Though it’s rather useless to do so, let’s consider then the steps required by a Bayh-Dole compliant disclosure. I say it’s useless because no one complies with Bayh-Dole and federal agencies don’t care. The law doesn’t operate but enables something else to operate. It’s like using the rule of law to avoid the rule of law. If you follow this recursion, then you see the cleverness of Bayh-Dole. It’s the flip of “copyleft.” Rather than use copyright to require others to “share alike,” Bayh-Dole posits using patents to “defect on the commons that justifies the use of public resources” to justify the use of public resources. “We must prevent stuff that is publicly funded because it should be public to become public because if it became public then the public would not benefit from it not becoming public.”
Let’s put it in terms you may recognize: the public won’t benefit from publicly funded research unless that research is secured as patent monopolies and conveyed to single companies for their exclusive use, because no company will develop any such invention without a patent monopoly and freedom to exploit that monopoly–and that, my friends, is the only path to public benefit arising from publicly funded research. Any enforcement of Bayh-Dole would sour the whole enterprise and drive away these companies that are essential to the public benefit that may arise from publicly supported research.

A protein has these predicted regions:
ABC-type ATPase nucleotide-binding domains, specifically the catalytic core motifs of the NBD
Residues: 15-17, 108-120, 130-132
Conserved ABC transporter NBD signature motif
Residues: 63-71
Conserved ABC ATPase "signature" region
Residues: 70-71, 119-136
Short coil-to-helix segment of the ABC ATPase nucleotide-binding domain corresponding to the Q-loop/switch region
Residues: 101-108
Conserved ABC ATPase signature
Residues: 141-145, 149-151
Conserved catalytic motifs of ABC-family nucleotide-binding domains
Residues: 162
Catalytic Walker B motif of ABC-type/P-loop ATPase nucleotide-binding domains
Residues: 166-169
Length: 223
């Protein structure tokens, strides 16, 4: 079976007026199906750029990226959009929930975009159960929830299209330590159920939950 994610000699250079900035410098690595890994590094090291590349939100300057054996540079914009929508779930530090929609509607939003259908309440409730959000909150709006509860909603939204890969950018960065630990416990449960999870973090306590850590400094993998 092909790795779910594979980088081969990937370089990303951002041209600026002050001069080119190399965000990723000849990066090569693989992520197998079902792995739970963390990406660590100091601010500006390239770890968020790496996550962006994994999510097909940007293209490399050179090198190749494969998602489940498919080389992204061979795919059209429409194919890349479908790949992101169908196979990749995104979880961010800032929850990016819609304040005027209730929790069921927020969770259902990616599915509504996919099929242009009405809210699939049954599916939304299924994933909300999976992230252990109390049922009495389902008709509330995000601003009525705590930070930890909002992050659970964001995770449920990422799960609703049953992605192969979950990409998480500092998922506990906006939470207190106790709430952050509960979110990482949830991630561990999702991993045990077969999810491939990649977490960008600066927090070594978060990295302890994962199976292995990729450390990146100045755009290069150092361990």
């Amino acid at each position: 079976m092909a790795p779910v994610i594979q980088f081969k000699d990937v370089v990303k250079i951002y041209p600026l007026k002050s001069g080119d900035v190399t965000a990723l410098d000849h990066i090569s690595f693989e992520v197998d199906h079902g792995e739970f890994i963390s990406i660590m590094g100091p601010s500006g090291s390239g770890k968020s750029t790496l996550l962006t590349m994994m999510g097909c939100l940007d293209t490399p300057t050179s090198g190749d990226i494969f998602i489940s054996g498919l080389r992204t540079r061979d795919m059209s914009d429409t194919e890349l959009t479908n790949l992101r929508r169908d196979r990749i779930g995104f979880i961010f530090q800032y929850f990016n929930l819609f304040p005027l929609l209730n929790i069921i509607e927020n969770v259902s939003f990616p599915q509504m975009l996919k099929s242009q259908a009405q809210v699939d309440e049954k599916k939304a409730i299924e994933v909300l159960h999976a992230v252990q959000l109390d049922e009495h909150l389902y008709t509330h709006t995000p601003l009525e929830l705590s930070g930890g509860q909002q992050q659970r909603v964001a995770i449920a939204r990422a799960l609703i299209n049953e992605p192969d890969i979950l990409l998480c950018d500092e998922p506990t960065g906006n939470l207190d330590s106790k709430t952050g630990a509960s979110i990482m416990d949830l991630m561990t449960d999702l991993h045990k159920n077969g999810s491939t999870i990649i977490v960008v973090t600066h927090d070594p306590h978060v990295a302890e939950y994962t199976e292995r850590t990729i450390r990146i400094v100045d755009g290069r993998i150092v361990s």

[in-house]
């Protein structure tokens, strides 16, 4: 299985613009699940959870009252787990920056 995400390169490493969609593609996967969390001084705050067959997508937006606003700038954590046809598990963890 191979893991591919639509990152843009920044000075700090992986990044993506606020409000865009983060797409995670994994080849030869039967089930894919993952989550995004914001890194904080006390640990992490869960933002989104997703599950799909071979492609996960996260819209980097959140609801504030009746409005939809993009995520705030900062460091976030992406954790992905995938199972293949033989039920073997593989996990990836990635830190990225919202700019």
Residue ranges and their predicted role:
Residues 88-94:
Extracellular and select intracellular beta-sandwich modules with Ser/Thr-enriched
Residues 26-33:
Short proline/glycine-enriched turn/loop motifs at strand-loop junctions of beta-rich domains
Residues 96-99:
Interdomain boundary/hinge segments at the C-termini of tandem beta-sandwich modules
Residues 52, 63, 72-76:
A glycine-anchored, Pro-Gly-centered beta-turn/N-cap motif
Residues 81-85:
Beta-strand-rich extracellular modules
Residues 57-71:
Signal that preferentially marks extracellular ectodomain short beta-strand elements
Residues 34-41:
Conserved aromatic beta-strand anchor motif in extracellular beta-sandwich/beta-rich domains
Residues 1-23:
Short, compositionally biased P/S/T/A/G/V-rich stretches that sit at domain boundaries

Or, in its politically effective form: “what is available to all will be used by none.” Absurd? Yes, of course. Crazy? Yes, beyond simple lunacy. Inspired? Yes, but only if you are a BDCBF Bayh-Dole advocate.
Steps in Disclosure
It is important, then, that folks get the disclosure right. Bayh-Dole’s standard patent rights clause (at (f)(2)) requires contractors to require their technical employees to make a written agreement that includes a promise to disclose inventions to the contractor so the contractor can comply with the disclosure requirement. The disclosure must identify the funding agreement and the inventors, as well as any statutory bar to patenting. But the core of the disclosure is that:
It shall be sufficiently complete in technical detail to convey a clear understanding to the extent known at the time of the disclosure, of the nature, purpose, operation, and the physical, chemical, biological or electrical characteristics of the invention.
In other words, the disclosure is essentially the text needed for the specification part of a patent application–the part that teaches one with ordinary skill in art how to practice the invention. Put another way: before a contractor must disclose a subject invention, the contractor must
- determine that the invention is or may be patentable,
- obtain information on possible patent bars,
- acquire ownership of the invention,
- determine that the invention was made under a federal contract,
- obtain a sufficient description of the invention that it could use the description to prepare a patent application, and
- convey this description to its patent administrators.
This ought to look like a weird list. How can anyone determine that an invention may be patentable without having a full disclosure of the invention and information regarding patent bars? But none of these things are required until a contractor owns an invention made under a federal funding agreement–including, even, determining whether the invention was made under a federal contract. Continue reading